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Publications of Dana Kiku    :chronological  alphabetical  combined listing:

%% Working Papers   
@article{fds48049,
   Author = {D. Kiku and Ravi Bansal},
   Title = {Long-Run Asset Allocation},
   Year = {2006},
   Month = {June},
   Abstract = {<div style="text-align: justify;"> In this paper we show
             that the economic restriction of cointegration between
             portfolio cash flow levels and consumption level has
             important implications for return dynamics and portfolio
             choice. When cash flows and consumption are cointegrated,
             the cointegration error forecasts long-horizon dividend
             growth rates and returns, and alters the variance-covariance
             of returns by horizon. We show that the optimal asset mix,
             based on the EC-VAR specification with the cointegration
             restriction imposed, can be quite different relative to a
             traditional VAR that ignores the cointegration restriction.
             We develop and implement methods to account for parameter
             uncertainty in the EC-VAR setup and highlight the importance
             of the error-correction channel for optimal asset allocation
             at short and long investment horizons. </div>},
   Key = {fds48049}
}

@article{fds42548,
   Author = {D. Kiku and Ravi Bansal and Robert Dittmar},
   Title = {Cointegration and Consumption Risks in Asset
             Returns},
   Year = {2006},
   Month = {March},
   Abstract = {<div style="text-align: justify;"> In this paper, we argue
             that long run movement in consumption is a key determinant
             of the risk-return relation in asset markets. Our goal is to
             explain cross-sectional differences in risk premia by
             horizon. We show that as the investment horizon increases,
             the return's consumption beta is dominated by the long-run
             (cointegrating) relation between dividends and consumption.
             Further, as cointegration alters dividend growth and return
             predictability, it has important conceptual and empirical
             implications for the risk-return tradeoff at all investment
             horizons. We show that asset betas, derived from an
             Error-Correction VAR model of returns, can successfully
             account for the cross-sectional variation in equity mean
             returns at both short and long horizons; this is not the
             case when the cointegrating restriction is ignored. In all,
             our evidence underscores the economic importance of
             cointegration and risks related to long run movements in
             consumption for understanding the whole term structure of
             the risk-return tradeoff in the cross-section of assets.
             </div>},
   Key = {fds42548}
}

@article{fds42547,
   Title = {Is the Value Premium a Puzzle?},
   Year = {2005},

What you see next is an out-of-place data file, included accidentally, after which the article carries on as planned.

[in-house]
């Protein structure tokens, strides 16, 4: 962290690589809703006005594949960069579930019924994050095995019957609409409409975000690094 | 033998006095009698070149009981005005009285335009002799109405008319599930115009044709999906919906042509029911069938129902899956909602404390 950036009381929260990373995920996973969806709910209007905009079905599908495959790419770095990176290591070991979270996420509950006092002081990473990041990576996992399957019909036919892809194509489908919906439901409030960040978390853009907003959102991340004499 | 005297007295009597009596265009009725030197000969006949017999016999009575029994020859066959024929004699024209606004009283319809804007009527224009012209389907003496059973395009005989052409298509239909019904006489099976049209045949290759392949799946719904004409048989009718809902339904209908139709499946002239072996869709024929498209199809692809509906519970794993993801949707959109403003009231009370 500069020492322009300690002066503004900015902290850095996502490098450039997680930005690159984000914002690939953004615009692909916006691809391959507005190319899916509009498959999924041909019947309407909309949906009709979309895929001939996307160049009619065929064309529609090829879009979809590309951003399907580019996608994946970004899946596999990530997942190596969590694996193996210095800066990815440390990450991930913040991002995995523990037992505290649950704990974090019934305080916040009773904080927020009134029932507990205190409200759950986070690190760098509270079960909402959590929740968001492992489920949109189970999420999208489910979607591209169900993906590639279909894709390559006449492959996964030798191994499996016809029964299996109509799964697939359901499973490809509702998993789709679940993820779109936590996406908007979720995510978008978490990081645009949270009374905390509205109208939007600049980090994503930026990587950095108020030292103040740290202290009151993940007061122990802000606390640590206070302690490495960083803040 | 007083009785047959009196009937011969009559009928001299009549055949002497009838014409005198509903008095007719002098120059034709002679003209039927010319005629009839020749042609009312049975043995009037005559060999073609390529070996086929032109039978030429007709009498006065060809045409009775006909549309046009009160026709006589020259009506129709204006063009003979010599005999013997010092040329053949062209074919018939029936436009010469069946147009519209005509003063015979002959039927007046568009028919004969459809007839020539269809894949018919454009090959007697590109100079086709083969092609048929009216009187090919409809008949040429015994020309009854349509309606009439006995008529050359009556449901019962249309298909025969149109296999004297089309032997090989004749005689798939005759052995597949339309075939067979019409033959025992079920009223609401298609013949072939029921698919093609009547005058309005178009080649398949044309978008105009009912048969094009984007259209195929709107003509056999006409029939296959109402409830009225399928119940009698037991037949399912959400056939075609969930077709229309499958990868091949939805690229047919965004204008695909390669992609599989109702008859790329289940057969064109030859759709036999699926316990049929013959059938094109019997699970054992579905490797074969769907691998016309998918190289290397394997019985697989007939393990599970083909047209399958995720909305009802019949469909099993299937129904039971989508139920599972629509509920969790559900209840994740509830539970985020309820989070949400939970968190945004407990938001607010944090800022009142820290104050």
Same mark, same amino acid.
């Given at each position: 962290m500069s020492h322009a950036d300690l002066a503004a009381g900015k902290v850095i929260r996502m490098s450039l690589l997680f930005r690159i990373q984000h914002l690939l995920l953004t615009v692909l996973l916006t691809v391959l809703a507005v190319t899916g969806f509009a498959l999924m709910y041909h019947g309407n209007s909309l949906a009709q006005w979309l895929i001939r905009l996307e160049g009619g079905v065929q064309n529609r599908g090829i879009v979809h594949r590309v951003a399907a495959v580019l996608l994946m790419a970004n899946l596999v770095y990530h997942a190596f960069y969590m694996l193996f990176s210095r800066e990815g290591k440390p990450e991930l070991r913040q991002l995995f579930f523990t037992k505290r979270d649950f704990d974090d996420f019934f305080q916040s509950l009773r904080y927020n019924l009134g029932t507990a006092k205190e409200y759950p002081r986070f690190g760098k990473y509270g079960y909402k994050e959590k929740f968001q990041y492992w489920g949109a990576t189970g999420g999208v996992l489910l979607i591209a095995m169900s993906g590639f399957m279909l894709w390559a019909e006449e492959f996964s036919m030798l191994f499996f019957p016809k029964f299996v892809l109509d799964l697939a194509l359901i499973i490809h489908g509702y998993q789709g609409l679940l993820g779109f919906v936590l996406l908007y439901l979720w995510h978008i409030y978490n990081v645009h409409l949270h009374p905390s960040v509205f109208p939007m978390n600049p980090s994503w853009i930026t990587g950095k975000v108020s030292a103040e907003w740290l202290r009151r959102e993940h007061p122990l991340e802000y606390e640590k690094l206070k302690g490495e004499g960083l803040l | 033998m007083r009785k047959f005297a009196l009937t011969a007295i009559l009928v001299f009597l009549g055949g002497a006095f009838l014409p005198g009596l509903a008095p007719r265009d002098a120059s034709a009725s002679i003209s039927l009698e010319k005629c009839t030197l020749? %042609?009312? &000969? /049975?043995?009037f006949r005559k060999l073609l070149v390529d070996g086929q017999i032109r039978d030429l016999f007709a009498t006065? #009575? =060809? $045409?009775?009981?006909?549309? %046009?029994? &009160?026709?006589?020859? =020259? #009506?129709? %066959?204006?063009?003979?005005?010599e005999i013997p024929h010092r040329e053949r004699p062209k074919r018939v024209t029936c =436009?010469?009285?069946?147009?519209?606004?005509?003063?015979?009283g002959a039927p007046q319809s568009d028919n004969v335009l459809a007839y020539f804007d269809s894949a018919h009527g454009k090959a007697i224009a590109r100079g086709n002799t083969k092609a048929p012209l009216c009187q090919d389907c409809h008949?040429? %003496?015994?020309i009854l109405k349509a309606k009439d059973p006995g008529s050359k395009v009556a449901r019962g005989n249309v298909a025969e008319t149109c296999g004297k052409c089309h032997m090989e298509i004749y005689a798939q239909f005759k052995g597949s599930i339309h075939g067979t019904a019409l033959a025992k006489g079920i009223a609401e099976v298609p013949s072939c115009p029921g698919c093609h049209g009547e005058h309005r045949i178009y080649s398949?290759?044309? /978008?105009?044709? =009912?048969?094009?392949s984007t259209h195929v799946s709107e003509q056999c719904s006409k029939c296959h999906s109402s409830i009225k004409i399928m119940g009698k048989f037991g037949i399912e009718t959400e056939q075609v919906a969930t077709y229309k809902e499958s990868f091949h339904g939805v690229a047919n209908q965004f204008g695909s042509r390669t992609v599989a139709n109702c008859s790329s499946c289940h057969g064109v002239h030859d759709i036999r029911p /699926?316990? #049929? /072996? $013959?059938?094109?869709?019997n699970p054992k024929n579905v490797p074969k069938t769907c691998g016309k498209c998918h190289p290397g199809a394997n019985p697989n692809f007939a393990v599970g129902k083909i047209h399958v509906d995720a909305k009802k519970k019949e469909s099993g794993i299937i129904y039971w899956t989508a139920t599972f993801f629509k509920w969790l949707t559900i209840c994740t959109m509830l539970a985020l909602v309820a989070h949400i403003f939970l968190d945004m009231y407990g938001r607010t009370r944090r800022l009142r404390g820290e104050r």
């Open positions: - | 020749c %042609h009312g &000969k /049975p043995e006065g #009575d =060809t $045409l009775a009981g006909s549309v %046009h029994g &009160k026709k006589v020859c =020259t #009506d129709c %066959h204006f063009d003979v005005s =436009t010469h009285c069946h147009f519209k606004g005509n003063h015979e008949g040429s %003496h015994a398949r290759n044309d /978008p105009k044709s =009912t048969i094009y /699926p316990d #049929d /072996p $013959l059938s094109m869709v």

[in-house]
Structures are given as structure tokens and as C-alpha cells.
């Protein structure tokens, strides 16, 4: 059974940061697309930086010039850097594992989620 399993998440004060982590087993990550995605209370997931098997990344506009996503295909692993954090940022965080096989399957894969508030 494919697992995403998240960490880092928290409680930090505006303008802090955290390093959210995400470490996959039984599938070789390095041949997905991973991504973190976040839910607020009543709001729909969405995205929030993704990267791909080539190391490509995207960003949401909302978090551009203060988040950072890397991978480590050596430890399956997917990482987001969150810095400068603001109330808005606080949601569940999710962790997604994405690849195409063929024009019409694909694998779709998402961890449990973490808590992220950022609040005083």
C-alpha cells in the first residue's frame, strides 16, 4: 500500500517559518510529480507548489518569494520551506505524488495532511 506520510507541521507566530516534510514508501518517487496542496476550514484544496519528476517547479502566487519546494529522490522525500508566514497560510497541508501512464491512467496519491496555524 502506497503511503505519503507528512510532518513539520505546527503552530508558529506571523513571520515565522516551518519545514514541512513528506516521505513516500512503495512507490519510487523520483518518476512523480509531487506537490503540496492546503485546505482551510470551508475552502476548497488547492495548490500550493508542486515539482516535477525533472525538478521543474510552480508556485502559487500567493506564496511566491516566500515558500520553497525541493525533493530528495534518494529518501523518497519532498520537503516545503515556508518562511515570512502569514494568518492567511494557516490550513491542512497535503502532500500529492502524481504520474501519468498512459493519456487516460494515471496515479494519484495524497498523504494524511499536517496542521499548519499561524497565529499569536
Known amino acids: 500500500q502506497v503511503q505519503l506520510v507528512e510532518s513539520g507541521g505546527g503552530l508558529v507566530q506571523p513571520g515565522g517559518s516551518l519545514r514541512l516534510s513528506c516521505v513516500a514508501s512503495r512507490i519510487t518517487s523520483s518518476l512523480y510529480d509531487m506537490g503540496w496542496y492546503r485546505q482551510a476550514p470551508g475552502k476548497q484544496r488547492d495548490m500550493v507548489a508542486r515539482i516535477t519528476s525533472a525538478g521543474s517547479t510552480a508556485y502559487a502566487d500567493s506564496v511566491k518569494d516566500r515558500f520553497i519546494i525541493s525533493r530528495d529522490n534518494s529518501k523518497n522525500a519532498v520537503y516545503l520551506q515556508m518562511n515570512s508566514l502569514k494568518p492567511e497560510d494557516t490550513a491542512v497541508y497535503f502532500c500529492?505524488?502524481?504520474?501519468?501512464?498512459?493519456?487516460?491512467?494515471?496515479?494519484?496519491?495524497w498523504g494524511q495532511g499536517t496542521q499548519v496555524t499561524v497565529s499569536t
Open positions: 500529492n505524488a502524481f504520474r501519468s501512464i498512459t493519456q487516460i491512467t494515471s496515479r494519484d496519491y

Month = {Fall},
   Abstract = {<div style="text-align: justify;"> This paper provides an
             economic explanation of the value premium puzzle,
             differences in price/dividend and Sharpe ratios of value and
             growth assets, volatilities of ex-post returns on the two
             stocks and their correlation. I consider a model that
             features two equally important ingredients: a small
             persistent component in cash-flow growth dynamics and the
             Epstein-Zin recursive utility preferences. In the model, as
             in the data, cash flows of value firms are highly exposed to
             low-frequency fluctuations in aggregate consumption, whereas
             growth firms' dividends are mainly driven by short-lived
             consumption news and risks related to fluctuating economic
             uncertainty. I show that the dispersion in long-run risks is
             the key mechanism that allows the model to quantitatively
             replicate the magnitude of the historical value premium,
             resolving the puzzle. Furthermore, heterogeneity in
             systematic risks across firms helps account for the whole
             transitional dynamics of value and growth returns, as well
             as the empirical failure of the CAPM and C-CAPM. In
             addition, the model is able to successfully accommodate the
             time-series behavior of the aggregate equity market.
             </div>},
   Key = {fds42547}
}

@article{fds42549,
   Title = {Trend/Cycle Risks: Decomposition and Premia},
   Year = {2003},
   Abstract = {<div style="text-align: justify;"> This paper studies the
             relative importance of long- and short-run risks in assets'
             cash flows in explaining the cross-sectional variation in
             risk premia. Permanent and transitory economic shocks are
             identified using two different methodologies developed in
             Engle and Vahid (1993), and Gonzalo and Granger (1995). I
             find that the cost of long-run economic uncertainty far
             exceeds that for business-cycle fluctuations. Even though,
             short-run cash-flow betas contain valuable information about
             the risk-return tradeoff. </div>},
   Key = {fds42549}
}


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